Microsoft announced a $3.2 billion loss for the quarter – reportedly the worst in its history – after recording a previously-disclosed $7.5 billion impairment charge related to its acquisition of Nokia’s devices and services unit.

The company announced plans to cut almost 8,000 jobs earlier this month, alongside the impairment charge on the ailing devices business. It has now said it is taking a restructuring charge of $780 million as well, in addition to $160 million related to a previous reshuffle.

In total, these items totalled $8.4 billion.

Satya Nadella, CEO of Microsoft, said in a conference call that “the big shift that we are making when it comes to phones is to not think about phones in isolation”, instead with the planned shift to Windows 10 meaning it is looking at “the Windows ecosystem in its entirety”.

He drew parallels with the much maligned, but now significantly improved, Surface business. “I feel that we have a formula there that I would like to apply more broadly” he said, related to “delivering innovation, growing our own economic return for it, stimulating demand, creating categories”.

The focus in future will be “great flagship phones for Windows fans” – targeting a high-end where the current portfolio is notably weak – and the business segment, where “we have, in fact, good traction”.

In the quarter to 30 June 2015, Microsoft sold 8.4 million Lumia devices, which was an increase over last year’s full quarter sales, but as the mix has shifted to lower-cost devices, average selling prices have continued to decline. Gross margin also declined driven by lower per-unit margins on Lumia devices as well as reduced volumes in non-Lumia phones (19.4 million non-Lumia phones were sold, “as the market for feature phones continues to contract”).

Phone hardware sales of $1.23 billion were down 38 per cent year-on-year from $1.98 billion (the prior year figure reflects the financial performance from the acquisition of Nokia Devices & Services on 25 April 2014). Sequentially, sales fell from $1.40 billion. Gross margin for this unit was negative $104 million, compared with a positive $54 million in the prior year period.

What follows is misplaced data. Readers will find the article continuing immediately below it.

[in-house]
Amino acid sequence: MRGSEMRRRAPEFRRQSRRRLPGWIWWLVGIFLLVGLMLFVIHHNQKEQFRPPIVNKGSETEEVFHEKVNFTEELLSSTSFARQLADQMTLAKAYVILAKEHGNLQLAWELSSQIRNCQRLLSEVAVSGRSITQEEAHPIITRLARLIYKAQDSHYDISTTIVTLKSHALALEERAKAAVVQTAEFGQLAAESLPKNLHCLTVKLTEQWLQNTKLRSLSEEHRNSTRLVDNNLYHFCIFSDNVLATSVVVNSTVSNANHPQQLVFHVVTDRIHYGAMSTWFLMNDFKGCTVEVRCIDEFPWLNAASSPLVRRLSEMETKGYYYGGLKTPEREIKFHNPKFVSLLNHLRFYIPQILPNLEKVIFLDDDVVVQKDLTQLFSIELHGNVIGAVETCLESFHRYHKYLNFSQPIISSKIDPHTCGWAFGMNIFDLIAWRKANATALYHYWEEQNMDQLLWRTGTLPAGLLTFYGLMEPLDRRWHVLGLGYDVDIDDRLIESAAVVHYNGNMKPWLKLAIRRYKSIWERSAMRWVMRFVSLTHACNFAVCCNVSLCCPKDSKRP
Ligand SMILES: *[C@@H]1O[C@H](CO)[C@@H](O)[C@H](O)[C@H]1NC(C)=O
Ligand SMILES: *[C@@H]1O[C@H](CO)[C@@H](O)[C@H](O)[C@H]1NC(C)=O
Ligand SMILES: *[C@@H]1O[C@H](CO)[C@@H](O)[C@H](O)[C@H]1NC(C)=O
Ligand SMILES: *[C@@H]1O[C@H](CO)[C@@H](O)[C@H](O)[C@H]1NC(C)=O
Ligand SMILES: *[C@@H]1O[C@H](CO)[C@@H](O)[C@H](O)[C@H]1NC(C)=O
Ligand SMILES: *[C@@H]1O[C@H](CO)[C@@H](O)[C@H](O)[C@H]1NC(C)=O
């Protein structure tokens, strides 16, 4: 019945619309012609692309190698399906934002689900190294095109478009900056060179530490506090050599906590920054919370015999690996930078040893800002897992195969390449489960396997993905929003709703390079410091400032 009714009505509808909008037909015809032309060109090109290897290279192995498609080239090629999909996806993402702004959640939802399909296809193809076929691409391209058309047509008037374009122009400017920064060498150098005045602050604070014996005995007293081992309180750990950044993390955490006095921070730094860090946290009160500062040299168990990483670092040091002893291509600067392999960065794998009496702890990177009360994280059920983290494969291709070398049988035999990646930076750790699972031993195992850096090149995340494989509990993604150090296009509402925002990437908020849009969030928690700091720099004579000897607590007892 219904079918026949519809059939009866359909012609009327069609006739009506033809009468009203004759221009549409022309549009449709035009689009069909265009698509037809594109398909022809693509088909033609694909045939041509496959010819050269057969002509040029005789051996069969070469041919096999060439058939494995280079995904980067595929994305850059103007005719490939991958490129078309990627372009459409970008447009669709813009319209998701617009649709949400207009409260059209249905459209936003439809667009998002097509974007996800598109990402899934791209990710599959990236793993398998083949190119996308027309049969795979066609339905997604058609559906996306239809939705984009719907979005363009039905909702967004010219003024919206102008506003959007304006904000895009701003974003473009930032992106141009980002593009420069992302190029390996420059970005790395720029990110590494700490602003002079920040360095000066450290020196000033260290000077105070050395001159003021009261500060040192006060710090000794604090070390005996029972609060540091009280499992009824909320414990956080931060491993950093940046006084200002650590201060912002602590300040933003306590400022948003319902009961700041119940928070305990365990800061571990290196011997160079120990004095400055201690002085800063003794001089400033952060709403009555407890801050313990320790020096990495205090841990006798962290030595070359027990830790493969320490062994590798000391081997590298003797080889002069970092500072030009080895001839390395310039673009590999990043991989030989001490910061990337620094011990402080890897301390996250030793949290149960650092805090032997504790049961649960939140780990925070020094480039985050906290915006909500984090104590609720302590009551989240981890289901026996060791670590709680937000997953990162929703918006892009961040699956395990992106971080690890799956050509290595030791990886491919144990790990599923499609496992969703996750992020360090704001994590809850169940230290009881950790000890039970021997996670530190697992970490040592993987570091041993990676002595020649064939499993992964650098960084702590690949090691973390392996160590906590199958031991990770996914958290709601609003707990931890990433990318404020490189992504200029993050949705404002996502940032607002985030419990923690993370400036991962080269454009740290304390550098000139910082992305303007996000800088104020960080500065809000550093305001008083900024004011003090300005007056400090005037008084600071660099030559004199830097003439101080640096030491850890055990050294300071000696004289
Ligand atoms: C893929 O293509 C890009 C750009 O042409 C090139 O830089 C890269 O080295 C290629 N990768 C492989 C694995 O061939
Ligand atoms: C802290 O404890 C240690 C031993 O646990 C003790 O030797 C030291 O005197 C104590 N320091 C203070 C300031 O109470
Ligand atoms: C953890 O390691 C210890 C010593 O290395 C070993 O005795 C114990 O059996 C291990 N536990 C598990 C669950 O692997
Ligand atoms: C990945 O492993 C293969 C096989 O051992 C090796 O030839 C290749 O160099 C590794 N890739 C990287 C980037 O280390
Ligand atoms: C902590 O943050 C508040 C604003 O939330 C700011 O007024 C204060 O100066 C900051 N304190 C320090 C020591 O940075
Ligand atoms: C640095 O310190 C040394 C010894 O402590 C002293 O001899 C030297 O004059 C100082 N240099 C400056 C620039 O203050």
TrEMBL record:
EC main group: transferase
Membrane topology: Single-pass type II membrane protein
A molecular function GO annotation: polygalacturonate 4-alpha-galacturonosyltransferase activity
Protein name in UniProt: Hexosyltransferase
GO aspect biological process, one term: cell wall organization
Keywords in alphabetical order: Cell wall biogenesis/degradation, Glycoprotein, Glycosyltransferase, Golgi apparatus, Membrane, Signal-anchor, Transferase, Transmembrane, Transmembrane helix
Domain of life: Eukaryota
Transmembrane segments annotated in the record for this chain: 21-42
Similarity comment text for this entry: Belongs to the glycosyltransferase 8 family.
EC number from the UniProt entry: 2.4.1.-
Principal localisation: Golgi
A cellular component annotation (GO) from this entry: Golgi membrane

Looking forward, the company expects phone hardware revenue of $900 million, “reflecting our change in approach”. Gross margin is expected to improve sequentially.

On a group level, revenue declined 5.1 per cent to $22.18 billion. Operating loss was $2.05 billion following $8.44 billion of impairment, integration and restructuring charges, compared with a prior-year operating profit of $6.48 billion.

Devices and Consumer revenue declined 13 per cent to $8.7 billion, impacted by factors including the end of the Windows XP refresh cycle. Manufacturers are also now tightly controlling inventory ahead of the Windows 10 launch.

Surface revenue grew 117 per cent to $888 million, driven by Surface Pro 3 and the launch of Surface 3, with a “healthy attach of accessories”.

And Commercial revenue “increased slightly” to $13.5 billion, with commercial cloud revenue growing by 88 per cent driven by Office 365, Azure and Dynamics CRM Online.

“Our approach to investing in areas where we have differentiation and opportunity is paying off with Surface, Xbox, Bing, Office 365, Azure and Dynamics CRM Online all growing by at least double-digits,” Nadella said.